Fair Housing Study, 2020-2021

Fair Housing in the midst of the COVID-19 pandemic and the impact on Migrant and Seasonal Farmworkers, Employment, and Migrant Housing Labor Camps (2020-2021)

Housing and working conditions are important social determinants of health essential to achieve health equity particularly in vulnerable populations. The MFP team, in collaboration with state partners, conducted a community-engaged, mixed methods study to explore how the COVID-19 pandemic and persistent occupational, social, legal, and economic barriers impact farmworkers’ access to fair housing and employment opportunities in Michigan and the implications for farmworker health. This study builds on work previously conducted through the Michigan Farmworker Project in 2019. This study, funded by the U.S. Department of Housing and Urban Development CARES grant and administered by the Michigan Department of Civil Rights (MDCR), was part of a partnership between the MDCR, the Michigan Department of Health and Human Services (MDHHS)-Office of Migrant Affairs, Farmworker Legal Services and other stakeholders.

This mixed-methods study included two phases. The first phase of the study consisted of collecting qualitative data through 20 in-depth interviews conducted by phone between August of 2020 and January 2021. These data informed the development of the quantitative survey that was administered to 63 farmworkers between May 2021 and August 2021 via phone interviews (phase 2).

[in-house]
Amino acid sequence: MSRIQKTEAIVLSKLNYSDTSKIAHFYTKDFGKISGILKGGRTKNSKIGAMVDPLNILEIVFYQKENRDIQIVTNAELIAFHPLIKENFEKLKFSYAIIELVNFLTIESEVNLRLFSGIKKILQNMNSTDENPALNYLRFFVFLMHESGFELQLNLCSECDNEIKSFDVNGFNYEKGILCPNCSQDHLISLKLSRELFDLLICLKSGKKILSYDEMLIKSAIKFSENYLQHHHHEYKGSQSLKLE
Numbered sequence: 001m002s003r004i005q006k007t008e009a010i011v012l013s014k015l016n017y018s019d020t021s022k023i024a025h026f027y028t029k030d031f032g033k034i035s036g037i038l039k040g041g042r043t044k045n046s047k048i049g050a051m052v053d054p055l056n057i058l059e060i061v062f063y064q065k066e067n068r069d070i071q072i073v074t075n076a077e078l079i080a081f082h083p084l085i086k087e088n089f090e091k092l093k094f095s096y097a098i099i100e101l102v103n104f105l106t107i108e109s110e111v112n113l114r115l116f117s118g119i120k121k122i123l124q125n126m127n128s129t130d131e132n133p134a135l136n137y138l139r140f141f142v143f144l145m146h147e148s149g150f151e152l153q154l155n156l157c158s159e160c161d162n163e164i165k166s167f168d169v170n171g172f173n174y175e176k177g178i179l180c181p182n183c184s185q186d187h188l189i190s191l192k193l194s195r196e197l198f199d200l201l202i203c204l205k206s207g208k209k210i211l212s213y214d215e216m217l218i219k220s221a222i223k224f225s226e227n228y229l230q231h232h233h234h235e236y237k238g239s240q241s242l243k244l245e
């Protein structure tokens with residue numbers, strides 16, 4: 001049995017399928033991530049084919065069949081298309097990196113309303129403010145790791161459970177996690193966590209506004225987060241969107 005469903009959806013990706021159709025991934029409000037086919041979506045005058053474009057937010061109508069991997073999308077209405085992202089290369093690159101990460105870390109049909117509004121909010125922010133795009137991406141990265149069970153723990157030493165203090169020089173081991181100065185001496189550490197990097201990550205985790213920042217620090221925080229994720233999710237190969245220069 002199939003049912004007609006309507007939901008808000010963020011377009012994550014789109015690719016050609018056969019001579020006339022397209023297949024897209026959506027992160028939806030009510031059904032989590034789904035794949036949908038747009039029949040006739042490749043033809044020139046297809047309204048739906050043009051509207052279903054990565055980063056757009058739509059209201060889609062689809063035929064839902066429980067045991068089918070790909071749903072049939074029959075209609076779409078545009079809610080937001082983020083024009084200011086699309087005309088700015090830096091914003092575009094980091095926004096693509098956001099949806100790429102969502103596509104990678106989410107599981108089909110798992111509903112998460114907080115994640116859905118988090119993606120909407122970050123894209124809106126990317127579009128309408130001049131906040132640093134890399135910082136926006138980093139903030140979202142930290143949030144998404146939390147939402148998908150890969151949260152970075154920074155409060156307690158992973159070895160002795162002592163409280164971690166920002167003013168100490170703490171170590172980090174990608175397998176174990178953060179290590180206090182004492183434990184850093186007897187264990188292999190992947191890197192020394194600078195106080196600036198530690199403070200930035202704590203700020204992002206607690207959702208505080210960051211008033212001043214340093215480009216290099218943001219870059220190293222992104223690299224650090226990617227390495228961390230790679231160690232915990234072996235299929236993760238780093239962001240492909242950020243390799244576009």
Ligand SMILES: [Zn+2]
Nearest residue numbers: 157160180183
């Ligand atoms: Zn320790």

Overall this study found that for farmworkers in Michigan, housing access, affordability and quality are important and complicated issues that need to be assessed within the context of their employment and working conditions. Precarious employment and the economic marginalization of farmworkers affects their housing affordability, access and housing quality.

Findings from this study have contributed to identifying gaps in fair housing, occupational safety and health, environmental protections, and service provision (e.g., legal, social, economic, health) for farmworkers and may serve to support changes to policy and practices that would improve living and working conditions for this population of workers in Michigan.

Funding Sources

This project was funded by a US Department of Housing and Urban Development (HUD) Fair Housing Assistance Program (FHAP) CARES Grant awarded to the Michigan Department of Civil Rights (Fair Housing and the impact of the SARS-CoV-2 (COVID-19) pandemic in migrant, seasonal and H-2A farmworkers in Michigan – PI: Trevino; Contract PI: Handal). Lisbeth Iglesias-Rios was supported by a post-doctoral fellowship (T32 ES007062) from the National Institute for Environmental Health Sciences (NIEHS). This project was also supported in part by the Grant or Cooperative Agreement Number, T42 OH008455, funded by the Centers for Disease Control and Prevention. The content is solely the responsibility of the authors and does not necessarily represent the official views of the NIH, the CDC, the Department of Health and Human Services, or the Department of Housing and Urban Development.